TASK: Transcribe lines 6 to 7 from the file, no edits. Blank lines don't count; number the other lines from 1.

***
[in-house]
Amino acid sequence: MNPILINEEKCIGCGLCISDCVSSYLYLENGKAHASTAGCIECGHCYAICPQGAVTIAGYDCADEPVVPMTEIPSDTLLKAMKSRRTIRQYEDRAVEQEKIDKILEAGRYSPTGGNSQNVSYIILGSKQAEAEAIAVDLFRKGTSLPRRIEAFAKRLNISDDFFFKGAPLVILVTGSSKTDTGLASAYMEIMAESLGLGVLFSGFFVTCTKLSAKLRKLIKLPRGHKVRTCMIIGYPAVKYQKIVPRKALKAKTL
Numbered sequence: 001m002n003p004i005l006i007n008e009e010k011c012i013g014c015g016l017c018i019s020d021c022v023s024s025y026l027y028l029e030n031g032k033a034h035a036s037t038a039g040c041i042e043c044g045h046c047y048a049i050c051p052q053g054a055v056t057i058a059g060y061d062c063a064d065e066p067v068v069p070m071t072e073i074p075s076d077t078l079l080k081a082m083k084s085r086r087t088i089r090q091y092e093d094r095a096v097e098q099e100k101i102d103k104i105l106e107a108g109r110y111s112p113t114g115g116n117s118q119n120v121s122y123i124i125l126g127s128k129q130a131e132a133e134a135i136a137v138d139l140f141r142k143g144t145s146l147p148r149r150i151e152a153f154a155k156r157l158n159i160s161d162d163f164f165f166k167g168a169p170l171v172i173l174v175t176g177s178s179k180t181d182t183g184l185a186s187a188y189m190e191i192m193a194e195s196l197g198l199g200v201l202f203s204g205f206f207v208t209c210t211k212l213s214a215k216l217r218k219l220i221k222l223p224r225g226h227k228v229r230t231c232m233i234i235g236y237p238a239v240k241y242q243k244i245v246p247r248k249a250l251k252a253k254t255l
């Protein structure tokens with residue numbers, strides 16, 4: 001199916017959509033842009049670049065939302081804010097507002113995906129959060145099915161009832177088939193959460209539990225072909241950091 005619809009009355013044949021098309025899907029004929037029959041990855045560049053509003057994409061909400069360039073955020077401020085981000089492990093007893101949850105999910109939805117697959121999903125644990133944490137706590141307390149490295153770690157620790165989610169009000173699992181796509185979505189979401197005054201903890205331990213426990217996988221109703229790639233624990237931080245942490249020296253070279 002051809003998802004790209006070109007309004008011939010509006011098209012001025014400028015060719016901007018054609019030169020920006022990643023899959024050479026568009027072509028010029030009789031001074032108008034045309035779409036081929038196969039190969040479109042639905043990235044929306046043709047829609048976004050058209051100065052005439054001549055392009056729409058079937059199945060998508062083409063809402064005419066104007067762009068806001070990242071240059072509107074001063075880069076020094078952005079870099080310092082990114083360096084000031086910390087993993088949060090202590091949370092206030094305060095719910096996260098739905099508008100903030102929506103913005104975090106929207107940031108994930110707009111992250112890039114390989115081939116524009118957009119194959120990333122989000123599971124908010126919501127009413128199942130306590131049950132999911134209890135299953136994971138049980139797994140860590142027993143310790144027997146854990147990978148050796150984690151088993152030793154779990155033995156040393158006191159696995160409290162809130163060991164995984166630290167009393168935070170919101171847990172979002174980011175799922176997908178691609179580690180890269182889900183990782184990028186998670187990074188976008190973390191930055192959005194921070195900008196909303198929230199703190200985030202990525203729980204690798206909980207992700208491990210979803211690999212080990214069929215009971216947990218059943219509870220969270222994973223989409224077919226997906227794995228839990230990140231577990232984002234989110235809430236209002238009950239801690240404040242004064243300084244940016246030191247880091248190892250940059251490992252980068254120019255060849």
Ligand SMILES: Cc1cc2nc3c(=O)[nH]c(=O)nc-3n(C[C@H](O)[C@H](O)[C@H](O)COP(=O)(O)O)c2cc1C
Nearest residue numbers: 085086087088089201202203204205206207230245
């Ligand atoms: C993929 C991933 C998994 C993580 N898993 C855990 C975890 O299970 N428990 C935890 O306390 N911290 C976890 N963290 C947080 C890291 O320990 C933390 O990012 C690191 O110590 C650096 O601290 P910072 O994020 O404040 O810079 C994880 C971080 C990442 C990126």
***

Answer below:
Nearest residue numbers: 085086087088089201202203204205206207230245
């Ligand atoms: C993929 C991933 C998994 C993580 N898993 C855990 C975890 O299970 N428990 C935890 O306390 N911290 C976890 N963290 C947080 C890291 O320990 C933390 O990012 C690191 O110590 C650096 O601290 P910072 O994020 O404040 O810079 C994880 C971080 C990442 C990126």